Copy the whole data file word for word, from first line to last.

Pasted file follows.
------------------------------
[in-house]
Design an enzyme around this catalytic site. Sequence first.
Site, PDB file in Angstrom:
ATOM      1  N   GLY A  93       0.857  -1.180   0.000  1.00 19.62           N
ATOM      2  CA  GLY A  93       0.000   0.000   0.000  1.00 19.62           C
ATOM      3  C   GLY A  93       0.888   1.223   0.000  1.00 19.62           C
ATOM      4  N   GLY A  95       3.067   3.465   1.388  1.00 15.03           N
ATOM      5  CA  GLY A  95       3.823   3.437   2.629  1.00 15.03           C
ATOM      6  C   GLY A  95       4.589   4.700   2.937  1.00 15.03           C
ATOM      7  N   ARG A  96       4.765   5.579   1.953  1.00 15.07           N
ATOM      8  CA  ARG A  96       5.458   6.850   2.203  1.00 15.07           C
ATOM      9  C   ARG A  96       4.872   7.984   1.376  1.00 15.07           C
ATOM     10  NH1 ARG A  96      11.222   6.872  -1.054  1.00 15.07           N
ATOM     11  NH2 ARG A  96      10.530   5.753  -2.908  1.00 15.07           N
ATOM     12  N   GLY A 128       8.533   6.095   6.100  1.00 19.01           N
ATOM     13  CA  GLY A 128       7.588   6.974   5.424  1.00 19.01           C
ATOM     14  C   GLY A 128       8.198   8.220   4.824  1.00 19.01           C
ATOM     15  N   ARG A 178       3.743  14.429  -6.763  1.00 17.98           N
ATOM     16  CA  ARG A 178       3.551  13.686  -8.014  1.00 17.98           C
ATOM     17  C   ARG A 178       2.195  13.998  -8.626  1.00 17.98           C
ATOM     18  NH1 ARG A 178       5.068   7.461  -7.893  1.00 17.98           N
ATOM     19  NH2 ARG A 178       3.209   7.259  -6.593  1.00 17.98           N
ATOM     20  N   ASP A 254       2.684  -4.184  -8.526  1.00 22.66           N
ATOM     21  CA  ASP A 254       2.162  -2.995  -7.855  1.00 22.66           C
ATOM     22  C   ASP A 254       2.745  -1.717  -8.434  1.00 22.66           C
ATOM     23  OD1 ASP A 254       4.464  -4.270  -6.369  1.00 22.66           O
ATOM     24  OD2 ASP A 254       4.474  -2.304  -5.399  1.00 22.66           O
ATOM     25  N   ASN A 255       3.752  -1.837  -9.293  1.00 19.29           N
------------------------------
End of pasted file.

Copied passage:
[in-house]
Design an enzyme around this catalytic site. Sequence first.
Site, PDB file in Angstrom:
ATOM      1  N   GLY A  93       0.857  -1.180   0.000  1.00 19.62           N
ATOM      2  CA  GLY A  93       0.000   0.000   0.000  1.00 19.62           C
ATOM      3  C   GLY A  93       0.888   1.223   0.000  1.00 19.62           C
ATOM      4  N   GLY A  95       3.067   3.465   1.388  1.00 15.03           N
ATOM      5  CA  GLY A  95       3.823   3.437   2.629  1.00 15.03           C
ATOM      6  C   GLY A  95       4.589   4.700   2.937  1.00 15.03           C
ATOM      7  N   ARG A  96       4.765   5.579   1.953  1.00 15.07           N
ATOM      8  CA  ARG A  96       5.458   6.850   2.203  1.00 15.07           C
ATOM      9  C   ARG A  96       4.872   7.984   1.376  1.00 15.07           C
ATOM     10  NH1 ARG A  96      11.222   6.872  -1.054  1.00 15.07           N
ATOM     11  NH2 ARG A  96      10.530   5.753  -2.908  1.00 15.07           N
ATOM     12  N   GLY A 128       8.533   6.095   6.100  1.00 19.01           N
ATOM     13  CA  GLY A 128       7.588   6.974   5.424  1.00 19.01           C
ATOM     14  C   GLY A 128       8.198   8.220   4.824  1.00 19.01           C
ATOM     15  N   ARG A 178       3.743  14.429  -6.763  1.00 17.98           N
ATOM     16  CA  ARG A 178       3.551  13.686  -8.014  1.00 17.98           C
ATOM     17  C   ARG A 178       2.195  13.998  -8.626  1.00 17.98           C
ATOM     18  NH1 ARG A 178       5.068   7.461  -7.893  1.00 17.98           N
ATOM     19  NH2 ARG A 178       3.209   7.259  -6.593  1.00 17.98           N
ATOM     20  N   ASP A 254       2.684  -4.184  -8.526  1.00 22.66           N
ATOM     21  CA  ASP A 254       2.162  -2.995  -7.855  1.00 22.66           C
ATOM     22  C   ASP A 254       2.745  -1.717  -8.434  1.00 22.66           C
ATOM     23  OD1 ASP A 254       4.464  -4.270  -6.369  1.00 22.66           O
ATOM     24  OD2 ASP A 254       4.474  -2.304  -5.399  1.00 22.66           O
ATOM     25  N   ASN A 255       3.752  -1.837  -9.293  1.00 19.29           N